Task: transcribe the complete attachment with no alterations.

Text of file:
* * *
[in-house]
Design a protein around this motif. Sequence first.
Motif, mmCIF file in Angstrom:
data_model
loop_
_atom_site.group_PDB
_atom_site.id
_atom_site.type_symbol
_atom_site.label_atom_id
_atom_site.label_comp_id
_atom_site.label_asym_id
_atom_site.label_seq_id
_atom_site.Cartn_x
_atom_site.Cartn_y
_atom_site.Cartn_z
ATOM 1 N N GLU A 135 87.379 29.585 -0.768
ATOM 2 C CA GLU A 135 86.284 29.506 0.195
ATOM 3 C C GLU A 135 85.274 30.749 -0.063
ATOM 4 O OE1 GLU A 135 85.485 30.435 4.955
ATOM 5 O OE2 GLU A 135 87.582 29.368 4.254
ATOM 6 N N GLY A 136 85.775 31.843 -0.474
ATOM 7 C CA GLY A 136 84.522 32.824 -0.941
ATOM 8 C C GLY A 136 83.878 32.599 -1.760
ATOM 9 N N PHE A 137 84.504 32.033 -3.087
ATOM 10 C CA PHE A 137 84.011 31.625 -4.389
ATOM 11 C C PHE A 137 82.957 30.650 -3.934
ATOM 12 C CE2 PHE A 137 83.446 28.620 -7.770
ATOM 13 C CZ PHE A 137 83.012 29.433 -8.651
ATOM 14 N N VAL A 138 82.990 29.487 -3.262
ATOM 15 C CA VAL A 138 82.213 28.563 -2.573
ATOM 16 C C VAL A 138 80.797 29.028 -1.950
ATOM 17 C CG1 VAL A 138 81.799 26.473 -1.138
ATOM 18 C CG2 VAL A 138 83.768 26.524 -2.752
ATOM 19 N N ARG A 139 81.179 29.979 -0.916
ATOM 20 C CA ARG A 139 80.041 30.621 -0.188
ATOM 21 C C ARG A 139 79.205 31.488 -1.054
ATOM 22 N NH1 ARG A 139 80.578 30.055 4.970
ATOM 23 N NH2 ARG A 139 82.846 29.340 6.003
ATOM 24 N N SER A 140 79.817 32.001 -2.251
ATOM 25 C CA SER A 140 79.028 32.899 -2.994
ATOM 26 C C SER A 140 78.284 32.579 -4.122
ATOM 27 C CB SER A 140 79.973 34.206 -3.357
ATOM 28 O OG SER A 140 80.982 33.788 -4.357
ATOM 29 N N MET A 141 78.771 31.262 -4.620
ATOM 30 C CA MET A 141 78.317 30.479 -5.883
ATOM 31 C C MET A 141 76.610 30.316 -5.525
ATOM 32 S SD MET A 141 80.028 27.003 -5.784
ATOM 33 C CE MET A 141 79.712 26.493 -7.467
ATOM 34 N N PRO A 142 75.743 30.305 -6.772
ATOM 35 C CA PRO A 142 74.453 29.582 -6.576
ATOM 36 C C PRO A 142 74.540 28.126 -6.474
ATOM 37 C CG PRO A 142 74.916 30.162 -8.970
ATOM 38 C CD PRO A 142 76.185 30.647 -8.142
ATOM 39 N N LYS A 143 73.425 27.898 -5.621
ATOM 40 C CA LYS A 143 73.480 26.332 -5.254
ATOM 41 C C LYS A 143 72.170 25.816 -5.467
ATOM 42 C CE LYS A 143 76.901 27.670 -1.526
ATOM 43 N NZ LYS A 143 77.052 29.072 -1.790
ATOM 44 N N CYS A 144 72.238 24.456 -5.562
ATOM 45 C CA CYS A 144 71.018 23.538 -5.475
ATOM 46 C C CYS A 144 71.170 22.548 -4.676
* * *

[in-house]
Design a protein around this motif. Sequence first.
Motif, mmCIF file in Angstrom:
data_model
loop_
_atom_site.group_PDB
_atom_site.id
_atom_site.type_symbol
_atom_site.label_atom_id
_atom_site.label_comp_id
_atom_site.label_asym_id
_atom_site.label_seq_id
_atom_site.Cartn_x
_atom_site.Cartn_y
_atom_site.Cartn_z
ATOM 1 N N GLU A 135 87.379 29.585 -0.768
ATOM 2 C CA GLU A 135 86.284 29.506 0.195
ATOM 3 C C GLU A 135 85.274 30.749 -0.063
ATOM 4 O OE1 GLU A 135 85.485 30.435 4.955
ATOM 5 O OE2 GLU A 135 87.582 29.368 4.254
ATOM 6 N N GLY A 136 85.775 31.843 -0.474
ATOM 7 C CA GLY A 136 84.522 32.824 -0.941
ATOM 8 C C GLY A 136 83.878 32.599 -1.760
ATOM 9 N N PHE A 137 84.504 32.033 -3.087
ATOM 10 C CA PHE A 137 84.011 31.625 -4.389
ATOM 11 C C PHE A 137 82.957 30.650 -3.934
ATOM 12 C CE2 PHE A 137 83.446 28.620 -7.770
ATOM 13 C CZ PHE A 137 83.012 29.433 -8.651
ATOM 14 N N VAL A 138 82.990 29.487 -3.262
ATOM 15 C CA VAL A 138 82.213 28.563 -2.573
ATOM 16 C C VAL A 138 80.797 29.028 -1.950
ATOM 17 C CG1 VAL A 138 81.799 26.473 -1.138
ATOM 18 C CG2 VAL A 138 83.768 26.524 -2.752
ATOM 19 N N ARG A 139 81.179 29.979 -0.916
ATOM 20 C CA ARG A 139 80.041 30.621 -0.188
ATOM 21 C C ARG A 139 79.205 31.488 -1.054
ATOM 22 N NH1 ARG A 139 80.578 30.055 4.970
ATOM 23 N NH2 ARG A 139 82.846 29.340 6.003
ATOM 24 N N SER A 140 79.817 32.001 -2.251
ATOM 25 C CA SER A 140 79.028 32.899 -2.994
ATOM 26 C C SER A 140 78.284 32.579 -4.122
ATOM 27 C CB SER A 140 79.973 34.206 -3.357
ATOM 28 O OG SER A 140 80.982 33.788 -4.357
ATOM 29 N N MET A 141 78.771 31.262 -4.620
ATOM 30 C CA MET A 141 78.317 30.479 -5.883
ATOM 31 C C MET A 141 76.610 30.316 -5.525
ATOM 32 S SD MET A 141 80.028 27.003 -5.784
ATOM 33 C CE MET A 141 79.712 26.493 -7.467
ATOM 34 N N PRO A 142 75.743 30.305 -6.772
ATOM 35 C CA PRO A 142 74.453 29.582 -6.576
ATOM 36 C C PRO A 142 74.540 28.126 -6.474
ATOM 37 C CG PRO A 142 74.916 30.162 -8.970
ATOM 38 C CD PRO A 142 76.185 30.647 -8.142
ATOM 39 N N LYS A 143 73.425 27.898 -5.621
ATOM 40 C CA LYS A 143 73.480 26.332 -5.254
ATOM 41 C C LYS A 143 72.170 25.816 -5.467
ATOM 42 C CE LYS A 143 76.901 27.670 -1.526
ATOM 43 N NZ LYS A 143 77.052 29.072 -1.790
ATOM 44 N N CYS A 144 72.238 24.456 -5.562
ATOM 45 C CA CYS A 144 71.018 23.538 -5.475
ATOM 46 C C CYS A 144 71.170 22.548 -4.676